Efforts to enhance community resilience are wise and cost-effective investments. They should address wildfire risk reduction, coastal and riverine resilience and restoration, and natural infrastructure to improve water quality, address water scarcity and reduce flood risk.

Finally, to ensure communities are not being left behind in the clean energy transition, legislation should include targeted policies to help coal mining and power plant communities diversify economic opportunities and prepare for a clean energy economy. This includes incentives to encourage clean energy development on former mine lands, brownfields and other previously developed land and new clean energy manufacturing jobs in areas that have seen declines in traditional energy sector jobs. These incentives would further support continued economic development and the creation of good-paying jobs.

Photo at dusk of California dunes, three people in background sitting on dune.
Kelso Dunes Kelso Dunes in Mojave National Preserve, California. © Dave Lauridsen

What’s Next

Together, we haven’t just been waiting for this moment; we’ve been working toward it for years. We need to keep it up to see it through.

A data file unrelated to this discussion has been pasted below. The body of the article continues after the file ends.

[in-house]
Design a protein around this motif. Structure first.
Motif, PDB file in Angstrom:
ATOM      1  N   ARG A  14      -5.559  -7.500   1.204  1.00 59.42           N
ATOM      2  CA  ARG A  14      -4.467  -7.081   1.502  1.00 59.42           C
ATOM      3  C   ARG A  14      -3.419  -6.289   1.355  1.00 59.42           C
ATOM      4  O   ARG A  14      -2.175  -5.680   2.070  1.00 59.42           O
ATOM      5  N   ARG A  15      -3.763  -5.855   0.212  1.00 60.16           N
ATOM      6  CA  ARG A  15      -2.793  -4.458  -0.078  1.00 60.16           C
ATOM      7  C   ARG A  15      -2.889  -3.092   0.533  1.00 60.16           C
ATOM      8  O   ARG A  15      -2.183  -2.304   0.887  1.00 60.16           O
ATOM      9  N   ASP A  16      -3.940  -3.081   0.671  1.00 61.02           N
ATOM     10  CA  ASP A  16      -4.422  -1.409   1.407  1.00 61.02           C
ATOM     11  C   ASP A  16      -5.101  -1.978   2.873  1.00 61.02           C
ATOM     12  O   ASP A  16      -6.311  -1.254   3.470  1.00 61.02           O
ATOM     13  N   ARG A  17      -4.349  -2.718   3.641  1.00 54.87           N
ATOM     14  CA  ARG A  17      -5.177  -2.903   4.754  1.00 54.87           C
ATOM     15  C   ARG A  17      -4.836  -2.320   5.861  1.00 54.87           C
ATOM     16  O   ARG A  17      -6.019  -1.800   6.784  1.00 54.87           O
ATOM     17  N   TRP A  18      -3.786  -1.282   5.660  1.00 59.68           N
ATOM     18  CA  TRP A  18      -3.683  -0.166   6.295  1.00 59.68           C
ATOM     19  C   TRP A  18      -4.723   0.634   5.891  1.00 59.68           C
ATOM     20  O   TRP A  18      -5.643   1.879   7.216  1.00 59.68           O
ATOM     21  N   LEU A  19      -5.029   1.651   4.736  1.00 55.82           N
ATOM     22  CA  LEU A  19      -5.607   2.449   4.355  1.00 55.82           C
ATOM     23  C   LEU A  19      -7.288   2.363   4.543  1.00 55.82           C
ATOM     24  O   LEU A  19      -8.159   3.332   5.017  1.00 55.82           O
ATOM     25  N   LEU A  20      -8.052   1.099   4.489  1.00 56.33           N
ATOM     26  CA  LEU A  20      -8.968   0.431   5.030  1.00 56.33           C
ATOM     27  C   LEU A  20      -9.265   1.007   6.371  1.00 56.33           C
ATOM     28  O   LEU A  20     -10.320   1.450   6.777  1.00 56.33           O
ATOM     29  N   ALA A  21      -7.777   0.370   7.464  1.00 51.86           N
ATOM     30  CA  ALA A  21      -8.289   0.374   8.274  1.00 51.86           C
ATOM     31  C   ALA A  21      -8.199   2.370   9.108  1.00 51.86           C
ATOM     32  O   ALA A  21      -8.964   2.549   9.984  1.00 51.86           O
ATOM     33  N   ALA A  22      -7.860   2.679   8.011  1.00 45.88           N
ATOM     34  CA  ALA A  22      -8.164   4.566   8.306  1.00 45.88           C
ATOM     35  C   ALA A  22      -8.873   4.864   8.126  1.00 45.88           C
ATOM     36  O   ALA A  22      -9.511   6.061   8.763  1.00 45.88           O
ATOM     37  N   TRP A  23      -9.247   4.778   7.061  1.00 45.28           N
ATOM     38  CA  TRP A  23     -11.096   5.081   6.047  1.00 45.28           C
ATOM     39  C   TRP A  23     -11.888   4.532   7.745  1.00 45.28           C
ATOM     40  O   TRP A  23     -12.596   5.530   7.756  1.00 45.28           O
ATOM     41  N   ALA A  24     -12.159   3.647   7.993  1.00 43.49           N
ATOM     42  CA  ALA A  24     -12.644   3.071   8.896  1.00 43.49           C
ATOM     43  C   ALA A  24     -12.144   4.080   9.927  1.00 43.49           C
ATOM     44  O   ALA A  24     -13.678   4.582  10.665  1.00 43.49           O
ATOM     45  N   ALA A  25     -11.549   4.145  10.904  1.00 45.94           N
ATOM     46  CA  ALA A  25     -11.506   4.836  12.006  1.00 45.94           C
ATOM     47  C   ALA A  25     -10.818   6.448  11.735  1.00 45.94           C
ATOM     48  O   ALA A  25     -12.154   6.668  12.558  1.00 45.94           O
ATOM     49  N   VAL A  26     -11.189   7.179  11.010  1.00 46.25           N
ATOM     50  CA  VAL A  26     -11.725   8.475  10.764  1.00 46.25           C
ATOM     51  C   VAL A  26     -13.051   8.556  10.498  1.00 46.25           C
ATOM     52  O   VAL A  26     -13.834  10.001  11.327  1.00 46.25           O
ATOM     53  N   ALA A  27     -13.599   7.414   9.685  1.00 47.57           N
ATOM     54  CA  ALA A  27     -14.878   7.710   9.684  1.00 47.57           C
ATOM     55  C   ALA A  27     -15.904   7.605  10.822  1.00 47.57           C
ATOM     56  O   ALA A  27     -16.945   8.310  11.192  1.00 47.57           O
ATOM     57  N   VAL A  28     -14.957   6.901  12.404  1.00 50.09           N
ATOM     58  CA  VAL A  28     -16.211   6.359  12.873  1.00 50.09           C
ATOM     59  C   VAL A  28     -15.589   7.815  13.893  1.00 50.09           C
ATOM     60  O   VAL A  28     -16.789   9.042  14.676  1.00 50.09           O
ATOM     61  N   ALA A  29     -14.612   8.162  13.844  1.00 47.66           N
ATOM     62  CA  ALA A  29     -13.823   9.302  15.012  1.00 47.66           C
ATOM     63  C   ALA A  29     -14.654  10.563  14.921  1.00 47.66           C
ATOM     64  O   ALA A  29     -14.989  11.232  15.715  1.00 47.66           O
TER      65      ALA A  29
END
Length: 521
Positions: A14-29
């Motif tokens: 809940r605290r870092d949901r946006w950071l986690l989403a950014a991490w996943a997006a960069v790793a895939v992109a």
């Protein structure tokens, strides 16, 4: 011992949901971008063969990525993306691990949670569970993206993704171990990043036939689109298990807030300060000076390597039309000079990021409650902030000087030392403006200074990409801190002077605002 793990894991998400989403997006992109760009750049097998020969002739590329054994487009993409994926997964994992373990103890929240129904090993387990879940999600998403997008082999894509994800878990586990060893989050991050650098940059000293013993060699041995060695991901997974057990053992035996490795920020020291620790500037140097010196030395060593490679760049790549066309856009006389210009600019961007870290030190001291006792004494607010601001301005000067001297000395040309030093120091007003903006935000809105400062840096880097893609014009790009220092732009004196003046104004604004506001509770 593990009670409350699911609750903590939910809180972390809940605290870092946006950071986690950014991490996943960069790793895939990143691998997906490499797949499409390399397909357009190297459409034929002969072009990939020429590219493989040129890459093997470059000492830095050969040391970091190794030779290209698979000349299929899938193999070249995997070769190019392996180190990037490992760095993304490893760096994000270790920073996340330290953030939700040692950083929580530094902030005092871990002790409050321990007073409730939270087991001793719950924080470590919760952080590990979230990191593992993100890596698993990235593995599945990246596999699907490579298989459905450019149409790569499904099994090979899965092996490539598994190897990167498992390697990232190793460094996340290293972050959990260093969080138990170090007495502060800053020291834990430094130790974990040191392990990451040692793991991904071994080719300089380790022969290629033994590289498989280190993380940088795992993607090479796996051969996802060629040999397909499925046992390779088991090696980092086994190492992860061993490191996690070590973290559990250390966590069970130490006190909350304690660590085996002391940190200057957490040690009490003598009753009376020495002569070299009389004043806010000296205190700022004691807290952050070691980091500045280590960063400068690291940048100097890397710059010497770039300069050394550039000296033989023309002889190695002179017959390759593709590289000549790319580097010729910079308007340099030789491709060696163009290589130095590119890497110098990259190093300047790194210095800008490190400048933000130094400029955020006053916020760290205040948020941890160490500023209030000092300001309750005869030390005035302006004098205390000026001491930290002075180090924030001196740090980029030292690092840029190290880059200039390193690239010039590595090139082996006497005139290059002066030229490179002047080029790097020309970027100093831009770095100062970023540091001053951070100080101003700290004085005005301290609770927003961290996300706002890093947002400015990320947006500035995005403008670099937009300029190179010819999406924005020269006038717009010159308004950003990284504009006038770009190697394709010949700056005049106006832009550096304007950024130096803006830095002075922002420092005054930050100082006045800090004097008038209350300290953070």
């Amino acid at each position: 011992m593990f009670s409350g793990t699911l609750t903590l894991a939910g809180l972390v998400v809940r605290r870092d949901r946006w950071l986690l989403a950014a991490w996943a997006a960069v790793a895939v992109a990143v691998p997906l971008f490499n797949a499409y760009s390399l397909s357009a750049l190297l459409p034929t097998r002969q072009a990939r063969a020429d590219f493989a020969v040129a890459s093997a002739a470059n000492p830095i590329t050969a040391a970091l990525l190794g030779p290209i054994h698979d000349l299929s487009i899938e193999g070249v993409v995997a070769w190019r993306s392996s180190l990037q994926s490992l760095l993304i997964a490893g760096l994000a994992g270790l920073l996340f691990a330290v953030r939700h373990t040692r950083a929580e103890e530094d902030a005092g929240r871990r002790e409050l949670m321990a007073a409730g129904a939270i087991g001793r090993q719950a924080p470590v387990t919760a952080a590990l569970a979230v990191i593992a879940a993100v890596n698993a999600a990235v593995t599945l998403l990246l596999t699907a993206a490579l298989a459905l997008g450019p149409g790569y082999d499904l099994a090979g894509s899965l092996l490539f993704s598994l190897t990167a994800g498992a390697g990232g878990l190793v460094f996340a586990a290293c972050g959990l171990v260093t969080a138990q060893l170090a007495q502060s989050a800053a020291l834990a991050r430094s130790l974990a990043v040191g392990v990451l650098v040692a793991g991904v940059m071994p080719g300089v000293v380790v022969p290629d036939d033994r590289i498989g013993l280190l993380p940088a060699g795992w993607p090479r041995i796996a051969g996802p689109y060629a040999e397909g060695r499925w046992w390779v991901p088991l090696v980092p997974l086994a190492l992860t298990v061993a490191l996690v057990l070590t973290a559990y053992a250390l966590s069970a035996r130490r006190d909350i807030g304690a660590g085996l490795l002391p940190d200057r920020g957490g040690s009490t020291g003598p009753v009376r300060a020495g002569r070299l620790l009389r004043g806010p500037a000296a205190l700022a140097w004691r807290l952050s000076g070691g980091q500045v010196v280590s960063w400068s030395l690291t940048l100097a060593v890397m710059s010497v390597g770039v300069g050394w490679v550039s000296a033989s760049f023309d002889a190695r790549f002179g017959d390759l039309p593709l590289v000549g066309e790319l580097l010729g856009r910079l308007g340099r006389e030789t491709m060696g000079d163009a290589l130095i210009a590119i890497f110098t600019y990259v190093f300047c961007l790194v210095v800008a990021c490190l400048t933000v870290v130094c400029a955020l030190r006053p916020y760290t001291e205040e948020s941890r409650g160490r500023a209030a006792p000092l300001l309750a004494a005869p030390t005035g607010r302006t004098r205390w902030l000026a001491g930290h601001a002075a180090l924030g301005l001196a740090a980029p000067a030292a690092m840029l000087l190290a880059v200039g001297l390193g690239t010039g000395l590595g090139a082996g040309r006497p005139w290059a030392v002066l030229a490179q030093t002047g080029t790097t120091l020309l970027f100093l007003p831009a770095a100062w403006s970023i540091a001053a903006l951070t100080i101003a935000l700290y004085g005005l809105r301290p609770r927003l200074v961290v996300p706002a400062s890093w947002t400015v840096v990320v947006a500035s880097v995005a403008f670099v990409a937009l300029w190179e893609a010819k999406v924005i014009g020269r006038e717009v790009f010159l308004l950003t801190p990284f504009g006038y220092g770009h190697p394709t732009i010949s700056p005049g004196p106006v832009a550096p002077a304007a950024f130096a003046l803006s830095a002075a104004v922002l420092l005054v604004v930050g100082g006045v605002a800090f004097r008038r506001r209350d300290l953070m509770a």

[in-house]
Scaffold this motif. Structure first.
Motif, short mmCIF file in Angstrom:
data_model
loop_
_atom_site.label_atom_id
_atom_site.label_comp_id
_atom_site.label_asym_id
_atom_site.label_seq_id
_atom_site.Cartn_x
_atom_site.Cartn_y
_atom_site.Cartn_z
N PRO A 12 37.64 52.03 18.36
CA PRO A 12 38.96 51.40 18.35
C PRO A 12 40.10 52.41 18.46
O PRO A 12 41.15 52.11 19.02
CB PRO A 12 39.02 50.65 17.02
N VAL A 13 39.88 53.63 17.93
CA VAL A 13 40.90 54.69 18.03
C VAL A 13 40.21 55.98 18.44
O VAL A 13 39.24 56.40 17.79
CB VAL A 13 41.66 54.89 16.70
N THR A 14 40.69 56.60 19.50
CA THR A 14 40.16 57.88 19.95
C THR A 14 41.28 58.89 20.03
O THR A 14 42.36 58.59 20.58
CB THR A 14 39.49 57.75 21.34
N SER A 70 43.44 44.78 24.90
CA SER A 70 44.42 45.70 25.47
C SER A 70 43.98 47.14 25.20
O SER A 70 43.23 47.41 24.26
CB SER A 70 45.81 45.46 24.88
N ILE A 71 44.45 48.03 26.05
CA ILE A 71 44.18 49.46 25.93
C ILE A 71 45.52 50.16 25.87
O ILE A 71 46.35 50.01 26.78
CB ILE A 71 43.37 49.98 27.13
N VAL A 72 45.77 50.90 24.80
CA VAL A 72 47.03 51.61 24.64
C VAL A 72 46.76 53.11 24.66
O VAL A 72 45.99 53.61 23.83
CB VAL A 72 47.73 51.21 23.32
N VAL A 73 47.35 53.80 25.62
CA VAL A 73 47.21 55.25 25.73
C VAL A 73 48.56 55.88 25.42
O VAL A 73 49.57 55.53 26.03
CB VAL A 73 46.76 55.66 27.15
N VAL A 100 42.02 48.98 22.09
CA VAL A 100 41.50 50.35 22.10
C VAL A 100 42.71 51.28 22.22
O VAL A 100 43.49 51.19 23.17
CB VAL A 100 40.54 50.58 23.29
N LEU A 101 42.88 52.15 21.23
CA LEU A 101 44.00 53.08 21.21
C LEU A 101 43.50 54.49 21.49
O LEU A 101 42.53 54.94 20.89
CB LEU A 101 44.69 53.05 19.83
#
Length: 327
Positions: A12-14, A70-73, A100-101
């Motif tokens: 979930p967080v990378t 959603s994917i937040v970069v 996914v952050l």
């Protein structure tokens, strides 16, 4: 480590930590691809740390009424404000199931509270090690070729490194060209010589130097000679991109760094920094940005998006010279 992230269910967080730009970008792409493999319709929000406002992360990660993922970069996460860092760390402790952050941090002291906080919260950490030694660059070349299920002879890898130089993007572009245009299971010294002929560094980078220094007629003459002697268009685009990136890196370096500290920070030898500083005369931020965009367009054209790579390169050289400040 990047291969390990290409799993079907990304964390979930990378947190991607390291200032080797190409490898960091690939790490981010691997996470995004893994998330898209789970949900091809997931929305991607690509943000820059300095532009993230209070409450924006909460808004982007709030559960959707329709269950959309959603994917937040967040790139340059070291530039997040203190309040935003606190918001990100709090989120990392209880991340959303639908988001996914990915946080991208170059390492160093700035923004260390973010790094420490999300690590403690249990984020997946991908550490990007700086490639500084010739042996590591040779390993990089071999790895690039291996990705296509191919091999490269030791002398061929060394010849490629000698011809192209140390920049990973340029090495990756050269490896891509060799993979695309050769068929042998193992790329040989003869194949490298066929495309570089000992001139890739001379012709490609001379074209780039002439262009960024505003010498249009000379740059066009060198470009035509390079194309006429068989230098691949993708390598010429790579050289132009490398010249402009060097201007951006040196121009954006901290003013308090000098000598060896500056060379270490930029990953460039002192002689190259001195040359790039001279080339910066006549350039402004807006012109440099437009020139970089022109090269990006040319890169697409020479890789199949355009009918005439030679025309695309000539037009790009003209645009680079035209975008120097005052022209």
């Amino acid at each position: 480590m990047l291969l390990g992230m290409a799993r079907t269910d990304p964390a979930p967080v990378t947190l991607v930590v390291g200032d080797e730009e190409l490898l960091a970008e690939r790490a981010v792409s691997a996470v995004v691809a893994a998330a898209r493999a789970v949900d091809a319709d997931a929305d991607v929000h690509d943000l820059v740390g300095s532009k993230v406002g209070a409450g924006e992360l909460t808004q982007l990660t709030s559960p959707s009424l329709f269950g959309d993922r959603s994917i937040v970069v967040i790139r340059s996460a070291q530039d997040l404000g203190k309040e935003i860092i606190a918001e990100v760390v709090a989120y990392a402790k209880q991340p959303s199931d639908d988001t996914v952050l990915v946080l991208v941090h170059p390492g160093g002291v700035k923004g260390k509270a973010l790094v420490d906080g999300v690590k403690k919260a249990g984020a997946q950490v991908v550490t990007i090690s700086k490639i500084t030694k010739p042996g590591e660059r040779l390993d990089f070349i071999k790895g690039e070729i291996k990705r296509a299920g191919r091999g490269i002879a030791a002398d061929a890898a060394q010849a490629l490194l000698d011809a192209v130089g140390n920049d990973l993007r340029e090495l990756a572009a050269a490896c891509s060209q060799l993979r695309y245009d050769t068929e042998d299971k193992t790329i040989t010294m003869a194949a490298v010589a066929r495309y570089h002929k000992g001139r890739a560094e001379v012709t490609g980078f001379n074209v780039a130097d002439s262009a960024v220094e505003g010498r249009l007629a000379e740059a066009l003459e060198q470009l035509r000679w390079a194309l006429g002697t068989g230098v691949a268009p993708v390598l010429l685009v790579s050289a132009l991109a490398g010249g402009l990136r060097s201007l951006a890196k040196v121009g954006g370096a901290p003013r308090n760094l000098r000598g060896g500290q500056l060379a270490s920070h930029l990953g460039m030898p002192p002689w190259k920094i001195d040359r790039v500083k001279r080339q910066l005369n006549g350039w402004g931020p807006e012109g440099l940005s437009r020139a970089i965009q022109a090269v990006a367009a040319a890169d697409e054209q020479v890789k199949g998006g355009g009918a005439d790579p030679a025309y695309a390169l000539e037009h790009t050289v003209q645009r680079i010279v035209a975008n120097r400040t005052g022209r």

We’re urging Congress to pass legislation with these strong climate and nature provisions to improve the lives of people today and in the future as well as demonstrate U.S. leadership on addressing climate change to the world.

You can help by letting your representatives in Congress know you want them to ensure robust climate policies in the “Build Back Better” legislation.

Jason Albritton headshot.

Jason Albritton is the director of The Nature Conservancy’s North America Climate Mitigation Program. In this role, he leads TNC’s work to advance ambitious state and federal climate and energy policies, accelerate the smart deployment of renewable energy, and maximize the role of nature as a climate solution.